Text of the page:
25 July 2010
Easing is a technique for modifying the way that Adobe Flash Professional calculates the property values in between property keyframes in a tween. Without easing set, Flash moves tweened objects at the same speed on each frame of the animation. With easing, you can adjust the speed of tweened objects to make movements appear more natural and to create complex animations.
An ease is a mathematical curve that is applied to the property values of a tween. The final effect of the tween is the result of the combination of the range of property values in the tween and the ease curve that makes the tweened objects start slow and speed up, start fast and slow down, or some combination of these effects.
For example, if you animate a picture of a car across the Stage, the motion is more realistic if the car starts slowly from a stopped position and gradually gains speed as the acceleration builds momentum.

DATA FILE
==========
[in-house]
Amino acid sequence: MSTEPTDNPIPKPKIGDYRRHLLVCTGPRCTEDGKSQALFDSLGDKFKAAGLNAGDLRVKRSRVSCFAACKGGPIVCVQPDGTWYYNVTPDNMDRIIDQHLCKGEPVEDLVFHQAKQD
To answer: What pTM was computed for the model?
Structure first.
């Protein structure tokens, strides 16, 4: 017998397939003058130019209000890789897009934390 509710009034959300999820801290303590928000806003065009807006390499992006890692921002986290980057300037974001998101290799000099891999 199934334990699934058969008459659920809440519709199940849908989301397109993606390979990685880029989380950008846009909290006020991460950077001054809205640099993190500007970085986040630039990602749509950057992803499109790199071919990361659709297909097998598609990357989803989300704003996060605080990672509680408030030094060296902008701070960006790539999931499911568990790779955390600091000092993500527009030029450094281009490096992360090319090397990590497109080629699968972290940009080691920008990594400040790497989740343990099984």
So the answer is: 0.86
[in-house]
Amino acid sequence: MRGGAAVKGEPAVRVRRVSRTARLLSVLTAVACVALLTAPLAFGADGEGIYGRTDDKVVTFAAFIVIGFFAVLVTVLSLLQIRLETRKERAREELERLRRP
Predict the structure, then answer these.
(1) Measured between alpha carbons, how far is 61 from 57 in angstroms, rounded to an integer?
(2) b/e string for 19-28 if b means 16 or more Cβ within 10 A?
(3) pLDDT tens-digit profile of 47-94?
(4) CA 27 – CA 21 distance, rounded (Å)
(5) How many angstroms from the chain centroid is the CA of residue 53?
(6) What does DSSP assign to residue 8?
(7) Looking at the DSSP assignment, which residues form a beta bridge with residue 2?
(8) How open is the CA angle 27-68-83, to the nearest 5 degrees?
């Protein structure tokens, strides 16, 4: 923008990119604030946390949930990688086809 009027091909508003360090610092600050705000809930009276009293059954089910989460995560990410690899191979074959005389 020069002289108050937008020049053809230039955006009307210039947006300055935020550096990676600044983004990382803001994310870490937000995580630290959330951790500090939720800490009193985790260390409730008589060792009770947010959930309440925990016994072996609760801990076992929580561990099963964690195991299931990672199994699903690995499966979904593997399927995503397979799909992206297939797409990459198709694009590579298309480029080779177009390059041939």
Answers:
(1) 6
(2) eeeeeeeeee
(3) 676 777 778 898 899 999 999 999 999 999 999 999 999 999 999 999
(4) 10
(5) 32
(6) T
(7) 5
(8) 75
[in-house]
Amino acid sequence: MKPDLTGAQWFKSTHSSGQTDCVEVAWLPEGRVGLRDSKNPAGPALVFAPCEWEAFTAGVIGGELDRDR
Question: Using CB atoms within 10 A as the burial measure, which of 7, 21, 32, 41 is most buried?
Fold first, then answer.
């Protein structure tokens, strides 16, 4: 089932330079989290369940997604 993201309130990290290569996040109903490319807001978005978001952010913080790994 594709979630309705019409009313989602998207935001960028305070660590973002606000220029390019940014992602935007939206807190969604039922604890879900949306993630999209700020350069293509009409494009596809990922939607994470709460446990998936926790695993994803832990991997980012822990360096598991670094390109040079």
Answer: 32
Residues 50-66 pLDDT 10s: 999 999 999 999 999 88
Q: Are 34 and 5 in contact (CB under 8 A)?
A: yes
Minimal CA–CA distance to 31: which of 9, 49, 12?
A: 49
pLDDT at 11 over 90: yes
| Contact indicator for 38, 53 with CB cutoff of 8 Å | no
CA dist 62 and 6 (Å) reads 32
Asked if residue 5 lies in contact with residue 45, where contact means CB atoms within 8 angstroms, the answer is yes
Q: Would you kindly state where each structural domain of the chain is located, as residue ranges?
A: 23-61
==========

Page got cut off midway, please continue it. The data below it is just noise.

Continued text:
Eases applied in the Property inspector affect all of the properties that are included in a tween. Eases applied in the Motion Editor can affect a single property, a group of properties, or all of the properties of a tween.
An ease can be simple or complex. Flash includes a range of preset eases that you can apply for simple or complex effects. In the Motion Editor, you can also create your own custom ease curves by using the Bézier handles to edit curve segments.
To learn more, see Ease individual properties in the Motion Editor in the Flash documentation.